Polarisation vision: overcoming challenges of working with a property of light we barely see

James J. Foster, Shelby E. Temple, Martin J. How, Ilse M. Daly, Camilla R. Sharkey, David Wilby, Nicholas W. Roberts

Research output: Contribution to journalReview articlepeer-review

34 Scopus citations


In recent years, the study of polarisation vision in animals has seen numerous breakthroughs, not just in terms of what is known about the function of this sensory ability, but also in the experimental methods by which polarisation can be controlled, presented and measured. Once thought to be limited to only a few animal species, polarisation sensitivity is now known to be widespread across many taxonomic groups, and advances in experimental techniques are, in part, responsible for these discoveries. Nevertheless, its study remains challenging, perhaps because of our own poor sensitivity to the polarisation of light, but equally as a result of the slow spread of new practices and methodological innovations within the field. In this review, we introduce the most important steps in designing and calibrating polarised stimuli, within the broader context of areas of current research and the applications of new techniques to key questions. Our aim is to provide a constructive guide to help researchers, particularly those with no background in the physics of polarisation, to design robust experiments that are free from confounding factors.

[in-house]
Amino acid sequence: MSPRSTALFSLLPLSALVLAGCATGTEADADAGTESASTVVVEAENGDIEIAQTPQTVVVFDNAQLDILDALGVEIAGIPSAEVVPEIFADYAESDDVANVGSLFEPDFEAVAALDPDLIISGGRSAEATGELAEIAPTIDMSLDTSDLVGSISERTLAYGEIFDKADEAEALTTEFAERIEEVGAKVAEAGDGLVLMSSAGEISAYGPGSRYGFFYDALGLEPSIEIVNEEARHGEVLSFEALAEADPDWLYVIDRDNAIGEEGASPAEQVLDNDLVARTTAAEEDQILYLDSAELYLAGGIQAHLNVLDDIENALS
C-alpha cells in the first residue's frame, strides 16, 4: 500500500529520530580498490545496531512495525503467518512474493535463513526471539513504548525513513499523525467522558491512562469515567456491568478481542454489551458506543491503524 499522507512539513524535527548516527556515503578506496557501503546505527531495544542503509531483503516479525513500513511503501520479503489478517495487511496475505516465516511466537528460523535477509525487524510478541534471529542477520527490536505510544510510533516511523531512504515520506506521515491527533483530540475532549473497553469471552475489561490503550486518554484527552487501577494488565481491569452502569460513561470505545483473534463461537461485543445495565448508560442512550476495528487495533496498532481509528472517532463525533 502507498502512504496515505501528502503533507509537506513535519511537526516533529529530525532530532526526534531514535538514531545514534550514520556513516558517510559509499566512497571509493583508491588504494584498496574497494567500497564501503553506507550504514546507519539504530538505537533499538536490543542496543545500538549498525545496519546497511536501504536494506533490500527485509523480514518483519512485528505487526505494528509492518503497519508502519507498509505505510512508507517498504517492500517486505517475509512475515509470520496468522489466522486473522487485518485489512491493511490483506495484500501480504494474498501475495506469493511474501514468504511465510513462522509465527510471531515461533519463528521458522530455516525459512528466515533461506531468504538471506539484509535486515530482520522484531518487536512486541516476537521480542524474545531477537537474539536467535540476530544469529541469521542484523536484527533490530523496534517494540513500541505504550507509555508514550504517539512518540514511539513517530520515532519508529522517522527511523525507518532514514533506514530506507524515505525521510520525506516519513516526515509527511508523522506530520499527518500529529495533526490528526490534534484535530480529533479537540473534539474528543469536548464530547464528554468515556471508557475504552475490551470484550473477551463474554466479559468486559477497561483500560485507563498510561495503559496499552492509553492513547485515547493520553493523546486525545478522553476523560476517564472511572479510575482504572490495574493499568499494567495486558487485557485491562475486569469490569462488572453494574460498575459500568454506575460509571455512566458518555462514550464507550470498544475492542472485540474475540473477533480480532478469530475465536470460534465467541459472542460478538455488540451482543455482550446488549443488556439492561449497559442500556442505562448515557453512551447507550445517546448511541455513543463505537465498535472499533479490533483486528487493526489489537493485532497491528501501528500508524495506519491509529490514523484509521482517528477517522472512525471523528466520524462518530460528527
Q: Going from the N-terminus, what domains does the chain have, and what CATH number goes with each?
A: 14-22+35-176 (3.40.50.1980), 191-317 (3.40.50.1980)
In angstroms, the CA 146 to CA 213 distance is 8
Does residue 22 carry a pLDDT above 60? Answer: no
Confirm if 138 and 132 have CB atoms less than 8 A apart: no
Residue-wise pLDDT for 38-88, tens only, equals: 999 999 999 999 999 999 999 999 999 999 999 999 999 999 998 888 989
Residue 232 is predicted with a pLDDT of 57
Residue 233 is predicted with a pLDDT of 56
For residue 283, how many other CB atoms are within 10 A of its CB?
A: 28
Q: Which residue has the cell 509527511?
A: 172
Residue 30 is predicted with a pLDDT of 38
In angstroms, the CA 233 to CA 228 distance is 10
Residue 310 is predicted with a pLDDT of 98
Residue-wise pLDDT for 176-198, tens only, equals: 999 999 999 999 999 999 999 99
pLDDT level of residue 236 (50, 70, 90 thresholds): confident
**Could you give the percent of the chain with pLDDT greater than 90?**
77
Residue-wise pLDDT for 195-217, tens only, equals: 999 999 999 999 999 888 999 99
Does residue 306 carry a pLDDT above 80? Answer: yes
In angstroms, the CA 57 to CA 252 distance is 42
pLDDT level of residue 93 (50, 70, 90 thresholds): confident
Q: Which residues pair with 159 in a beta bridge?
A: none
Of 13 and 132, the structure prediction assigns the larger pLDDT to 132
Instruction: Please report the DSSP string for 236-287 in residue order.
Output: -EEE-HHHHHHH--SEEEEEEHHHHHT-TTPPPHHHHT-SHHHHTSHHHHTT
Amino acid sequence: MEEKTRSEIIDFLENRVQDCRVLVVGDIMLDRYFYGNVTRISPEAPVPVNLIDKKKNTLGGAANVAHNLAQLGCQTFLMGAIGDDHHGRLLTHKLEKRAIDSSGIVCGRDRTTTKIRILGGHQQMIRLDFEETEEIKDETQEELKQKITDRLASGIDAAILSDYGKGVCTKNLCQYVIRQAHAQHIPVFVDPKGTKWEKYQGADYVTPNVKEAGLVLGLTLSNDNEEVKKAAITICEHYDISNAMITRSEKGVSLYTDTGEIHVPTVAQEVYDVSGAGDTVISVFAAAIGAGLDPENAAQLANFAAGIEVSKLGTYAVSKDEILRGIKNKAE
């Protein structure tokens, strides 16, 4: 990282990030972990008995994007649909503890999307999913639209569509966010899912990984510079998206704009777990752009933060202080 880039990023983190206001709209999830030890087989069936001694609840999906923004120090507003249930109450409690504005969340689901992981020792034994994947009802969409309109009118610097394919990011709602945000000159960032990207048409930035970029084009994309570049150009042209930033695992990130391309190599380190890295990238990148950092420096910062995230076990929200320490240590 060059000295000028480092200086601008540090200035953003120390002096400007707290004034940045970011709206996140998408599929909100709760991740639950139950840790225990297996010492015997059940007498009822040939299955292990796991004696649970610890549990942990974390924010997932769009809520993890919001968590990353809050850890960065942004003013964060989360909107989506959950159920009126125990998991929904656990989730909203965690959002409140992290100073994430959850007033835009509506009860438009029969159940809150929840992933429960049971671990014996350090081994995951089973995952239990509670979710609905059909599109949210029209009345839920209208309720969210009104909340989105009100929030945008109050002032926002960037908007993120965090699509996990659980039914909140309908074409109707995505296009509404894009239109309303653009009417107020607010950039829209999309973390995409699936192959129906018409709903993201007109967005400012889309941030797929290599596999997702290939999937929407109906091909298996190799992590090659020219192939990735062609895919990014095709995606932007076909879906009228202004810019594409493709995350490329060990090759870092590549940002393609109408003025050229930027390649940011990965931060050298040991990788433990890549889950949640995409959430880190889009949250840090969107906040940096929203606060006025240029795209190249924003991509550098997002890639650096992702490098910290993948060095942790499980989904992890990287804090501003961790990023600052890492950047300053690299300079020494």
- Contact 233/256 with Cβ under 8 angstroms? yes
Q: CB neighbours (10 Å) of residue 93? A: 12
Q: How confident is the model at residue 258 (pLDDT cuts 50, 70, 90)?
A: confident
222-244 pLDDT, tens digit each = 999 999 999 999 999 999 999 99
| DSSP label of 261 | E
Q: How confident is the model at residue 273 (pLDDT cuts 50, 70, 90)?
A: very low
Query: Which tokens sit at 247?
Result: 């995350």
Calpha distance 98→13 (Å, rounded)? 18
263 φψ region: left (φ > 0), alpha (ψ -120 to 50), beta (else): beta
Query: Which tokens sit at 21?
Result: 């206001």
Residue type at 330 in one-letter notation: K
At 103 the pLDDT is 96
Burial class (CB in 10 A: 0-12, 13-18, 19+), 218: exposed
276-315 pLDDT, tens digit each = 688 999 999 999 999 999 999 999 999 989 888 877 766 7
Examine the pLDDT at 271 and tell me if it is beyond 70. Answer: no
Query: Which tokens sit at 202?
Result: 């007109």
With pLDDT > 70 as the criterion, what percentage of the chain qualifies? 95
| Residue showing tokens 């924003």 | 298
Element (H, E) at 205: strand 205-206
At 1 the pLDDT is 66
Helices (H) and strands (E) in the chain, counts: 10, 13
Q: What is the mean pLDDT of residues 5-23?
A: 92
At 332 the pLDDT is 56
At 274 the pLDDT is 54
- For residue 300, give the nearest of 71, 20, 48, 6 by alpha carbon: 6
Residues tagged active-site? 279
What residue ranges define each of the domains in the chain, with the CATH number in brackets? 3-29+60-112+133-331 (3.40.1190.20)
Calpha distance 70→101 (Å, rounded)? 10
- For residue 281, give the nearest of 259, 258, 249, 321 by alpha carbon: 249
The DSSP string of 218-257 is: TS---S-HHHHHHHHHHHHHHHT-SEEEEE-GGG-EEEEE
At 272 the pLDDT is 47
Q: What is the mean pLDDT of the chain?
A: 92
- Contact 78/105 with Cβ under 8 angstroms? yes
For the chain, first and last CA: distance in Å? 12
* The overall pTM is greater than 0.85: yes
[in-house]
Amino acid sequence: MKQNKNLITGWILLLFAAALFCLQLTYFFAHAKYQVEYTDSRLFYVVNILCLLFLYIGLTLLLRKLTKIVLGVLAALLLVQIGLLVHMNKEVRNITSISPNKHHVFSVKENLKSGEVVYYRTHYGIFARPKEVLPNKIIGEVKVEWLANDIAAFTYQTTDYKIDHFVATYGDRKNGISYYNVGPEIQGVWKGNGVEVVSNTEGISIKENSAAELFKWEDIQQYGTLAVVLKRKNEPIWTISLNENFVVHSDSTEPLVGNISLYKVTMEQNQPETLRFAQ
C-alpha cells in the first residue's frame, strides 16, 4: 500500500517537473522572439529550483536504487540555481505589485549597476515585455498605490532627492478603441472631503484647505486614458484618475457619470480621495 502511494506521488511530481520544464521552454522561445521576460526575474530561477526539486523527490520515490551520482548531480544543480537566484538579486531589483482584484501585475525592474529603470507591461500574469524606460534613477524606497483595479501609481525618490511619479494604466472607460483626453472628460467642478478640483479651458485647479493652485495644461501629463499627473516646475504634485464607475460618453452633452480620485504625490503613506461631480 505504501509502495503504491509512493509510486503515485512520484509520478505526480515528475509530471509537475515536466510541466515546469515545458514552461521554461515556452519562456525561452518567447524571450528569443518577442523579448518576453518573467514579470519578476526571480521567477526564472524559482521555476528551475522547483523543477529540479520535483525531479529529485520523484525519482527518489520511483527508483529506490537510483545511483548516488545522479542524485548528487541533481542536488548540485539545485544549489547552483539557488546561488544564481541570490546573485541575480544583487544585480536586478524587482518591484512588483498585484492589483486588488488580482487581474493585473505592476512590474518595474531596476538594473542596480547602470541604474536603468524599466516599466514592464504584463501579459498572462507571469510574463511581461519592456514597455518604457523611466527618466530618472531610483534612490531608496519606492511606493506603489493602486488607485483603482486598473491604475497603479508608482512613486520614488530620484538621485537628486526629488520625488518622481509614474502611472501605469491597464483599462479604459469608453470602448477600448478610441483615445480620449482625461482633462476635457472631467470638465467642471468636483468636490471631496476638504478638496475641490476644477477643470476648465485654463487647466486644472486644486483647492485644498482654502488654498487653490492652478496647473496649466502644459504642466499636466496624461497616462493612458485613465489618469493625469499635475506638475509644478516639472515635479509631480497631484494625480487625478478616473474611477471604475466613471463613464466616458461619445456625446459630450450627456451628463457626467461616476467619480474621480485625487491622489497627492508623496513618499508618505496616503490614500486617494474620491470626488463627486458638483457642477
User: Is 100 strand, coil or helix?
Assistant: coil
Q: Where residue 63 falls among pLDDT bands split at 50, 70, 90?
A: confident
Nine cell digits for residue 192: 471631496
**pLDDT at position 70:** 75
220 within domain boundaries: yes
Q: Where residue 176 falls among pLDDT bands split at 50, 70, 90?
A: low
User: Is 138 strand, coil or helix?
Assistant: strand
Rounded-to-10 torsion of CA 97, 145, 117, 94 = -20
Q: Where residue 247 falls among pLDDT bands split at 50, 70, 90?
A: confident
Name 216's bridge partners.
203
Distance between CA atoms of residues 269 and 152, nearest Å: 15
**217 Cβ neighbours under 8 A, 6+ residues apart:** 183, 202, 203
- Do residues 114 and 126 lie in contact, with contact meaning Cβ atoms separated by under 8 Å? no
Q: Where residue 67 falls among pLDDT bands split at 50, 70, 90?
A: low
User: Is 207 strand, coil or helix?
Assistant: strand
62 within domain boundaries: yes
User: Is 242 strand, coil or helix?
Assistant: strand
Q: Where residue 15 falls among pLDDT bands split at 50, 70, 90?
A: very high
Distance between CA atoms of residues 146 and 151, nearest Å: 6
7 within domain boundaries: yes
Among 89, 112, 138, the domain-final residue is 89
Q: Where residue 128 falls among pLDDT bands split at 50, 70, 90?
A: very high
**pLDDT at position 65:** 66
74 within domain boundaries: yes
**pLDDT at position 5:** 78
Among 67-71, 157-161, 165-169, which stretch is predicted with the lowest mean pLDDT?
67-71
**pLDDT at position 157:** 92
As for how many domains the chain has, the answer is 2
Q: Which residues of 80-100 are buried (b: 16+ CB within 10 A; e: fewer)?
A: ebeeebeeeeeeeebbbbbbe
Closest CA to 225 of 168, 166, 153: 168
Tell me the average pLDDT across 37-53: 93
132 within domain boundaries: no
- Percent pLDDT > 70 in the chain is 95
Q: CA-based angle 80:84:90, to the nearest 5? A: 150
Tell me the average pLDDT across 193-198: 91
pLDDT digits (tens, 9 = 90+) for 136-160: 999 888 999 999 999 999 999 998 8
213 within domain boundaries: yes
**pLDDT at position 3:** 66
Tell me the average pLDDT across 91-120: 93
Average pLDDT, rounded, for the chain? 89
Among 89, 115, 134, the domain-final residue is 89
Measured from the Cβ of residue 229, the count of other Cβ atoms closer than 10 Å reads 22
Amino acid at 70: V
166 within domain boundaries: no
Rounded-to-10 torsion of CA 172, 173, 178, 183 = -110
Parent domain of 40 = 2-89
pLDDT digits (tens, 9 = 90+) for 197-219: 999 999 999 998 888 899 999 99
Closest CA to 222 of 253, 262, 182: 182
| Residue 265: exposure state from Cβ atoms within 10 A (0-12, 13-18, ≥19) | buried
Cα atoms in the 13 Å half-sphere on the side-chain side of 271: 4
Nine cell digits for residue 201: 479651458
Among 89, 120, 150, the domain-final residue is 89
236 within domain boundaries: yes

Original languageEnglish (US)
Article number27
JournalDie Naturwissenschaften
Issue number3-4
StatePublished - Apr 1 2018
Externally publishedYes

Bibliographical note

Funding Information:
The authors thank Almut Kelber, Keram Pfeiffer, Rochelle Meah, John Christy, Mindaugas Mitkus, Anna Stöckl and Marie Dacke for their valuable critiques and discussions during the development of this manuscript. We also thank Finlay Stewart for providing a detailed description of his method for projecting polarisation.

Funding Information:
Funding JJF was supported by Carl Trygger’s Foundation for Scientific Research (CTS 14:95 and CTS 15:108) and a Knut and Alice Wallenberg Foundation grant (BUltimate Vision^) awarded to Marie Dacke. MJH is supported by the Royal Society (UF140558). DW is supported by a research programme grant from the Leverhulme Trust (RPG-2014-363 to NWR). NWR and the University of Bristol Ecology of Vision laboratory are supported by the Air Force Office of Scientific Research (FA8655-12-1-2112) and the Air Force Research Labs (FA9550-09-1-0149). NWR has also been supported by the Biotechnology and Biosciences Research Council (BB/G022917/1 and BB/H01635X/1) and Engineering and Physical Sciences Research Council (EP/ E501214/1).

Publisher Copyright:
© 2018, The Author(s).


  • Artefact
  • Imaging
  • Measurement
  • Methods
  • Polarisation
  • Vision


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